Linked by Thom Holwerda on Wed 20th Oct 2010 22:27 UTC
Privacy, Security, Encryption A new version of the Zeus financial malware has added sophisticated new mechanisms to commit online fraud and remain the Trojan of choice for criminals. Zeus has not only improved its business logic but also its ability to avoid detection and automatic analysis by antivirus vendors. Just like commercial application developers, the creators of Zeus run an R&D program to ensure it can avoid detection and side-step the growing number of IT security mechanisms designed to detect, block and eliminate it.
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want to know more
by ozonehole on Wed 20th Oct 2010 23:52 UTC
ozonehole
Member since:
2006-01-07

This is an interesting topic, but unfortunately the linked article is pretty shallow. I would like to know more. Is this exclusively a Windows virus, or is it cross-platform? How is it spread? The article hints at it being browser based, but if so would NOT having Adobe Flash (the biggest cross-platform security risk) installed be sufficient to prevent infection?

As a Linux user, am I safe? If not, what would be a good strategy to prevent infection? Any tips on how to remove this virus, or is it hopeless (must reinstall the OS?).

I did some Googling to find answers, and there was surprisingly little. Lots of short articles all saying the same thing: "it's a nasty virus that is hard to detect".

Edited 2010-10-20 23:53 UTC

Reply Score: 4

v Comment by Kasi
by Kasi on Thu 21st Oct 2010 03:42 UTC
RE: Comment by Kasi
by Sodki on Thu 21st Oct 2010 09:49 UTC in reply to "Comment by Kasi"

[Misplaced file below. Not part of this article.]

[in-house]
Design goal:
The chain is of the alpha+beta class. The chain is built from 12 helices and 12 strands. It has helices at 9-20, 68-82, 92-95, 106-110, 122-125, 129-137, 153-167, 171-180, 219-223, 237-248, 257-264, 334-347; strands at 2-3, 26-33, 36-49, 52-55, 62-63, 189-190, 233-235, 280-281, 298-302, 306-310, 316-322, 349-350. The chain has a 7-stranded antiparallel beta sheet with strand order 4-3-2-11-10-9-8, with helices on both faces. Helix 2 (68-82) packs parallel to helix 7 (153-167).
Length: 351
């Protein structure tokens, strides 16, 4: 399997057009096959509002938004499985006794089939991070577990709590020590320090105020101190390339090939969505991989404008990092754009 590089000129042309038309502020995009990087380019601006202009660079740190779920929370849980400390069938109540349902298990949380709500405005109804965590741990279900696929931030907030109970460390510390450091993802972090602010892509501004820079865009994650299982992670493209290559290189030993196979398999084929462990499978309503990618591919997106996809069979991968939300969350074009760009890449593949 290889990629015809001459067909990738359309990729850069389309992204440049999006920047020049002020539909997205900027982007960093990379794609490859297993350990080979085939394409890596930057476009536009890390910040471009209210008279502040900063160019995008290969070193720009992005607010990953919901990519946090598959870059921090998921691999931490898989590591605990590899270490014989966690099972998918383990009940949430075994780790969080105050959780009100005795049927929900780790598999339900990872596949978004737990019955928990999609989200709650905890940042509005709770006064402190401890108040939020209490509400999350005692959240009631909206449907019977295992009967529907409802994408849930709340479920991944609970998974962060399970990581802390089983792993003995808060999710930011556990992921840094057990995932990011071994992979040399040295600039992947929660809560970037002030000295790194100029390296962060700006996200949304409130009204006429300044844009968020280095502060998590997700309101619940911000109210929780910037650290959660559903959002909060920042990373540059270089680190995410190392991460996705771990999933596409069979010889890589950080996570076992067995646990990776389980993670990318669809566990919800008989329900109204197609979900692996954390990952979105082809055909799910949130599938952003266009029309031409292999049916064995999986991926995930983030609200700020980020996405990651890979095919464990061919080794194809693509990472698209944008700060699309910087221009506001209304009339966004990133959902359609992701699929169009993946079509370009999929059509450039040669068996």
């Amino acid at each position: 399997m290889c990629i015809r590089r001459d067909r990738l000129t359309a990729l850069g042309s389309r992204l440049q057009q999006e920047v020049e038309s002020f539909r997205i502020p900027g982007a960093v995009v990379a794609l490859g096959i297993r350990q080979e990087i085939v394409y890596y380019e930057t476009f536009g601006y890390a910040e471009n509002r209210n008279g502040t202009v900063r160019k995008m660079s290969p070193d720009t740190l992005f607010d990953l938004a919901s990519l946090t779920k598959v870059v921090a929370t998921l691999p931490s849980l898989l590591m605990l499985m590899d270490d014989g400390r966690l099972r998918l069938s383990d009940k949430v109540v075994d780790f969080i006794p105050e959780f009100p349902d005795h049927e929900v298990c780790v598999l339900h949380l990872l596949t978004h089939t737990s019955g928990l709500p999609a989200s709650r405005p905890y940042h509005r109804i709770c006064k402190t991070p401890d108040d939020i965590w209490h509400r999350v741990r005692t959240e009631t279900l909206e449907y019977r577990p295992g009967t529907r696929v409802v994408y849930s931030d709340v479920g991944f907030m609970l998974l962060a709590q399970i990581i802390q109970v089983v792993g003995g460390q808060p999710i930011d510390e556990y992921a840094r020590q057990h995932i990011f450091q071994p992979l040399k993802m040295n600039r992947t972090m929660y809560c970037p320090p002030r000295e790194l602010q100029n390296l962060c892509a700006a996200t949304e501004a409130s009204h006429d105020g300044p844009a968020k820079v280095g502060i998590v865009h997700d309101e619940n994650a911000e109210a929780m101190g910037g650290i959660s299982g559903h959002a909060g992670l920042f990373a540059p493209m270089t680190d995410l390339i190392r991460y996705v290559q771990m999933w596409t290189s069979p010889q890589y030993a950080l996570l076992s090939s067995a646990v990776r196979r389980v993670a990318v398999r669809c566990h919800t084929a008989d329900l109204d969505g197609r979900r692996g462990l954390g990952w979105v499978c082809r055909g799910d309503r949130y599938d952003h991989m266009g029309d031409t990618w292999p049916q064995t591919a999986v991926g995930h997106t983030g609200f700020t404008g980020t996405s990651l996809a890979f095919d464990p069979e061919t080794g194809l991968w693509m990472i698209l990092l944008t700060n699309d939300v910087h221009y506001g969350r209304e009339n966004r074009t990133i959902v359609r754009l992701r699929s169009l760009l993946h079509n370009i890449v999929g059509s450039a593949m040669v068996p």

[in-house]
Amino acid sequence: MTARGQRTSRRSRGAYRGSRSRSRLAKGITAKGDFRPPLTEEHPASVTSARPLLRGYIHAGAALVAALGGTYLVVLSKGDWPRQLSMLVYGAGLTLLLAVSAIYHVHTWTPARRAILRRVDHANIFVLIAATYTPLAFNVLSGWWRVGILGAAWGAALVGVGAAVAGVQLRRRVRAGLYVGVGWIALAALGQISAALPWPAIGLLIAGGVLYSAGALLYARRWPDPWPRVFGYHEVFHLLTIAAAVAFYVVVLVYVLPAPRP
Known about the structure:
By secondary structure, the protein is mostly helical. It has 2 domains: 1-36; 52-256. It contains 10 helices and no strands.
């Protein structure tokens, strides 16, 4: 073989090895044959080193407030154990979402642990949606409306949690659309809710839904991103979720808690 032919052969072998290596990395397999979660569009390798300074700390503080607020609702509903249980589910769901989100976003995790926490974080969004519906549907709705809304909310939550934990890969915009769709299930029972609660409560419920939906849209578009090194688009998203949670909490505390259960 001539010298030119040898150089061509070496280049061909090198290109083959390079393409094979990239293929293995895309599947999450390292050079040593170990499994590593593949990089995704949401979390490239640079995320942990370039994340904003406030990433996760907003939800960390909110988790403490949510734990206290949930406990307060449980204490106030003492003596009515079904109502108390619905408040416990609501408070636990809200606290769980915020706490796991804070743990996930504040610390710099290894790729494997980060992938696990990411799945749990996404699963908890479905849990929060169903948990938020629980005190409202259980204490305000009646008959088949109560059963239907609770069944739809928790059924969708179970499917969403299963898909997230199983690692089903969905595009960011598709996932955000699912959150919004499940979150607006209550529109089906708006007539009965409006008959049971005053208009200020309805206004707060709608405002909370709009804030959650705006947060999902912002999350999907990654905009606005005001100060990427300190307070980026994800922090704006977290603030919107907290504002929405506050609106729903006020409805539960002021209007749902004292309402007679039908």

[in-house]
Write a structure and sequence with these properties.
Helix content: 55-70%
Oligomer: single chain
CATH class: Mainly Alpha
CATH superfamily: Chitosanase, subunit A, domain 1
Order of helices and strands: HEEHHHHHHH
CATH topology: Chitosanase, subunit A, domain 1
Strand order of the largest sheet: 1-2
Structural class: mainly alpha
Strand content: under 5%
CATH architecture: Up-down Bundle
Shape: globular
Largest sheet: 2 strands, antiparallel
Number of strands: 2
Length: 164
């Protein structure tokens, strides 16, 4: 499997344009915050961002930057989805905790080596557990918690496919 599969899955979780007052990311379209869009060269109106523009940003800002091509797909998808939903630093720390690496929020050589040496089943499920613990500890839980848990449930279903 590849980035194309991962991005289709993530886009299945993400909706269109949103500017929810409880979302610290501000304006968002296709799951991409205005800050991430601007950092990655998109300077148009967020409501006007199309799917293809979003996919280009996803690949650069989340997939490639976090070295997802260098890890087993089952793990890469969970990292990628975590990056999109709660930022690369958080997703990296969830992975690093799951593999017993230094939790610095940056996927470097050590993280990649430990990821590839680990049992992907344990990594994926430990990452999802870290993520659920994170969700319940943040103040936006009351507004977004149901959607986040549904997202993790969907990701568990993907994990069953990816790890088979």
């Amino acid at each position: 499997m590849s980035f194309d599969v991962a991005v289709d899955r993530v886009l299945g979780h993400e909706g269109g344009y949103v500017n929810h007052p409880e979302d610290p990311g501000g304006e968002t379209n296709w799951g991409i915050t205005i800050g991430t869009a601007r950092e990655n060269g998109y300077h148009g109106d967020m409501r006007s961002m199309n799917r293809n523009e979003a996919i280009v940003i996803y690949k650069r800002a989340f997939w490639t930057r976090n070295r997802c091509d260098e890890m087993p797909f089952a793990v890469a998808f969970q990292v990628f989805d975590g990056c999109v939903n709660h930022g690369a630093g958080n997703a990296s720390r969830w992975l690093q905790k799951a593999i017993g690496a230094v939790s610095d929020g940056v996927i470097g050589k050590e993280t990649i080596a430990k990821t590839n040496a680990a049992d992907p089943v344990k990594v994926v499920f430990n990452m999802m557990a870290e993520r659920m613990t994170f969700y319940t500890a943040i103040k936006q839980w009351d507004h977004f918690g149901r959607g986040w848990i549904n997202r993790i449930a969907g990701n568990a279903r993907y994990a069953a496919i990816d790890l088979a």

Sodki Member since:
2005-11-10

In linux the best way to thwart this virus is to enter:

Zeus only infects Windows systems, so Linux is safe.

#mv -R / /dev/null

mv doesn't have a -R option. Also this wouldn't work because you can't ovewrite a file with a directory. Even it it worked, you would not lose any data, you would only lose the ability to send things to /dev/null (because it would no longer exist).

#dd if=/dev/random of=/dev/sda

This will erase your hard drive, so don't do it. Also, if you did want to erase your hard drive with random numbers, using /dev/random would not be a wise choice, because it would quickly empty the entropy pool and block, waiting for more. You should use /dev/urandom instead.

by the time /dev/random generates enough randomness to clean your drive the virus will have achieved consciousness, grown tired with the poor pace of computer development and probably have decided to stop existing.

Zeus would create it's own computers and enslave all mankind. It's less boring. :-)

Reply Score: 5

RE[2]: Comment by Kasi
by Phloptical on Thu 21st Oct 2010 22:38 UTC in reply to "RE: Comment by Kasi"
Phloptical Member since:
2006-10-10

"In linux the best way to thwart this virus is to enter:

Zeus only infects Windows systems, so Linux is safe.
"

....for now.

Reply Score: 2

purplemecha
Member since:
2010-05-27

Is this some kind of testing kit to test for security vulnerabilities or is this written by black hat crackers (hackers?).

Reply Score: 1

purplemecha Member since:
2010-05-27

Is this some kind of testing kit to test for security vulnerabilities or is this written by black hat crackers (hackers?).

Never mind. I got around to reading the article and I see that it's the real deal.

Reply Score: 1

WTF?
by vodoomoth on Fri 22nd Oct 2010 08:02 UTC
vodoomoth
Member since:
2010-03-30

So now, malware makers are getting news items in which their latest "improvements" and clever "mechanisms" are being examined? And that Zeus thing even has a version number?


As with any commercial application, software product maintenance and support are two of the more important reasons why users buy and use products, and Zeus has proven over the last three years that it does both very well for the cybercriminals.

I don't get it. Is that Zeus a product that its developers market? and provide support for? WTF with this twisted world?

Reply Score: 2